It is not permissible to perform the Hajj with unlawfully earned money. However, jurists judge that this Hajj is valid and availing of the obligation, in spite of the sin therein. According to the fatwas of Dar Al-Ifta’ Al-Misriyyah:


The sharia stated that Hajj is obligatory upon every Muslim who is free, adult, and in full possession of mental faculties and healthy, if he owns the provisions, the means of transportation, the residence and other indispensible affairs along with the expenditures of his dependants till he returns. It is disliked for an indebted person to go for Hajj if he does not have money to repay his debt, unless the creditor grants him permission. It is a condition that the expenses should be lawfully earned given that Hajj with unlawfully earned money is not accepted although the obligation is fulfilled, even if the money is stolen. There is no contradiction between fulfilling the obligation of Hajj and not accepting it. The slave is not rewarded because Allah does not accept it, but he is not punished with the punishment of the one who failed to perform Hajj (while able to do it) in the hereafter.


He also builds his opinion upon what An-Nawawi  said: “If one performs Hajj with unlawfully earned money or riding a stolen animal, then he is sinful although his Hajj is valid, and it avails him in our opinion. This opinion was also held by Abu Haneefah, Malik, and Al-‘Abdari, and it was adopted by the majority of the jurists.”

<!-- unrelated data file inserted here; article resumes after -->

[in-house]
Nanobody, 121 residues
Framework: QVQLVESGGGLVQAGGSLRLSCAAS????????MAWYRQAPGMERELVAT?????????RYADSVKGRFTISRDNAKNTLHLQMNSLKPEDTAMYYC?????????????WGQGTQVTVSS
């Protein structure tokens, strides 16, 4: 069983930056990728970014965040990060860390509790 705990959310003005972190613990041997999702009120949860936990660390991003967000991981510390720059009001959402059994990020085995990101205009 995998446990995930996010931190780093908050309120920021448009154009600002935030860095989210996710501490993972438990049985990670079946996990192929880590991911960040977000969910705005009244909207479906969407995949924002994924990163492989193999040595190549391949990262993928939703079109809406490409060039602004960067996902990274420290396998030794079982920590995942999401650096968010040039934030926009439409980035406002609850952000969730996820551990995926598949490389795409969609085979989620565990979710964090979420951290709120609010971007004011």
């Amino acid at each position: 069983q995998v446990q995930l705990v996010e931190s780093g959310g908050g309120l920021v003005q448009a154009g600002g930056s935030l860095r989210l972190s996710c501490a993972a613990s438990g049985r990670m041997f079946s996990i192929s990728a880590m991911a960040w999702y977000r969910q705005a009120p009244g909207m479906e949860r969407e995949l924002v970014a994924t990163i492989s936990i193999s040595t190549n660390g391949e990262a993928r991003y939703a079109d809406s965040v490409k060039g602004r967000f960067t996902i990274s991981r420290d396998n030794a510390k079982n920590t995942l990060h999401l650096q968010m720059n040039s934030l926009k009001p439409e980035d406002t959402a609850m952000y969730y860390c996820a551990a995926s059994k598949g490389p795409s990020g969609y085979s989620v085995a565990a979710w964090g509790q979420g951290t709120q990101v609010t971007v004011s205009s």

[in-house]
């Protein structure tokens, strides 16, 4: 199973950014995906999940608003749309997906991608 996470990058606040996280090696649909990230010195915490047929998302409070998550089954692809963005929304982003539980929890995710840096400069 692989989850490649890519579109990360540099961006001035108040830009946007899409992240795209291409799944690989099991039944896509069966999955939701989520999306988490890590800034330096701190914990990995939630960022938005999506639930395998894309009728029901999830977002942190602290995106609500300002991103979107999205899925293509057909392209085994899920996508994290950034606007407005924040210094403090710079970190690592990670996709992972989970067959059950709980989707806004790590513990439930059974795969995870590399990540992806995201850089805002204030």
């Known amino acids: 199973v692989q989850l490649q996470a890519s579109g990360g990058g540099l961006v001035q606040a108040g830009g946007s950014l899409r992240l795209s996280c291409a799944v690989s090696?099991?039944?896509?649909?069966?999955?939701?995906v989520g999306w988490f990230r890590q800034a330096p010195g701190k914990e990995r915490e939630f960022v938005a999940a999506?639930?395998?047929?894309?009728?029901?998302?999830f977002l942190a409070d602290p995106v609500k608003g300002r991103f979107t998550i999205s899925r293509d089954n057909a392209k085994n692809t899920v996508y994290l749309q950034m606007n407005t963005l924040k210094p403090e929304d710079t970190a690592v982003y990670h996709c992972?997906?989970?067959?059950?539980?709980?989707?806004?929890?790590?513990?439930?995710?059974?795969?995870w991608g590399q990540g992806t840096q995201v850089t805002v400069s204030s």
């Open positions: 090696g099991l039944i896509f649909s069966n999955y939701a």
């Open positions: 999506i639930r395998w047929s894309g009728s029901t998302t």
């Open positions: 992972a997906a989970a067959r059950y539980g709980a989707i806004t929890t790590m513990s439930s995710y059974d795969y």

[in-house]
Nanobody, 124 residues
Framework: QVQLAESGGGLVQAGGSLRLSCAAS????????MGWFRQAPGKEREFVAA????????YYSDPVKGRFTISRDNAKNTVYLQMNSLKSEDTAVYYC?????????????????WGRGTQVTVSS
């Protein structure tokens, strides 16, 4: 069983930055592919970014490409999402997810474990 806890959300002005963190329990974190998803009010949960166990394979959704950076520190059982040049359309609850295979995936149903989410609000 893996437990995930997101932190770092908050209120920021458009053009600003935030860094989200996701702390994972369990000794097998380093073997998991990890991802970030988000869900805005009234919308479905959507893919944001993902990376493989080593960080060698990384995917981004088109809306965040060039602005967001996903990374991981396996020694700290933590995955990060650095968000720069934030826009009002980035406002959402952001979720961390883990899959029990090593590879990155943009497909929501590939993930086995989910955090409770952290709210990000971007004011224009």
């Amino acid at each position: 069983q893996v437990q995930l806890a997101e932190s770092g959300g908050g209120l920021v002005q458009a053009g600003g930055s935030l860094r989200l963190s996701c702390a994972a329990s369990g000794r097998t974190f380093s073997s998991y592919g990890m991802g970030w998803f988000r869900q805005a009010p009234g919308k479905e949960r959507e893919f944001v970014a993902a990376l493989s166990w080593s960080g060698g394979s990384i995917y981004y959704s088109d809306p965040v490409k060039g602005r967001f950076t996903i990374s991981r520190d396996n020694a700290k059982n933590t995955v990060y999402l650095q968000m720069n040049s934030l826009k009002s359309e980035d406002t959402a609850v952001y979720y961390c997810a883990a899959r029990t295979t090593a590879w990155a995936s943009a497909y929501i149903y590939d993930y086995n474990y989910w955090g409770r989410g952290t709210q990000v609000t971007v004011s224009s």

Is it obligatory on the father to provide for the Hajj of his son or on the son to provide for the Hajj of his father?


Shaykh Ibn ‘Uthaymeen  was asked about this, and his answer was:

It is not obligatory because acts of worship are conditional on capacity, and capacity does not come from others. Thus, it is not obligatory upon either of them to do so. However, if the father demands the expenses of Hajj from his financially capable son, then obeying him falls under the ordained dutifulness; thus, it becomes a duty in this respect.


The majority of the scholars view that there should be a mahram man with the woman during the Hajj, except for the Shafi‘i school, which adopts the opinion that it is permissible for women to perform the obligatory Hajj with a group of trustworthy women if the safety of the road is guaranteed. Nevertheless, the husband may not prevent his wife from the obligatory Hajj, as the Permanent Committee for Islamic Research and Fataawa said: “The obligatory Hajj is an obligation whenever the conditions of capacity are met, and they do not include the permission of the husband. He may not prevent her. Rather, he should cooperate with her in performing this duty.” This ruling concerns the obligatory Hajj. On the other hand, he may prevent her from performing a voluntary Hajj if he wishes, as stated by Imam Ibn Qudamah Al-Hanbali, “Concerning the voluntary Hajj, Ibn Al-Munthir reported the consensus on the fact that the husband may prevent his wife from a voluntary Hajj because the right of her husband is a duty that she should not miss for something that is not obligatory upon her.”

The permission of the parents is not a condition for the obligatory Hajj, but it is a condition for a voluntary Hajj. Imam An-Nawawi  said:

They may prevent him from a voluntary Hajj, and they are not sinful for this, but they may not prevent him from the obligatory Hajj, and they are sinful for preventing him. If he performs the Hajj without their permission, then his Hajj is valid in any case, even if he disobeyed them in case of a voluntary Hajj.

It is permissible to give the poor from the money of the zakah to perform the Hajj. This is the opinion of Ibn ‘Umar, as proven by a narration on his authority: “Hajj falls under the category of the Cause of Allah.”

This is also the view held by Imam Ibn Taymiyyah  who said: “One may give money to someone who did not perform the obligatory Hajj because of being poor.”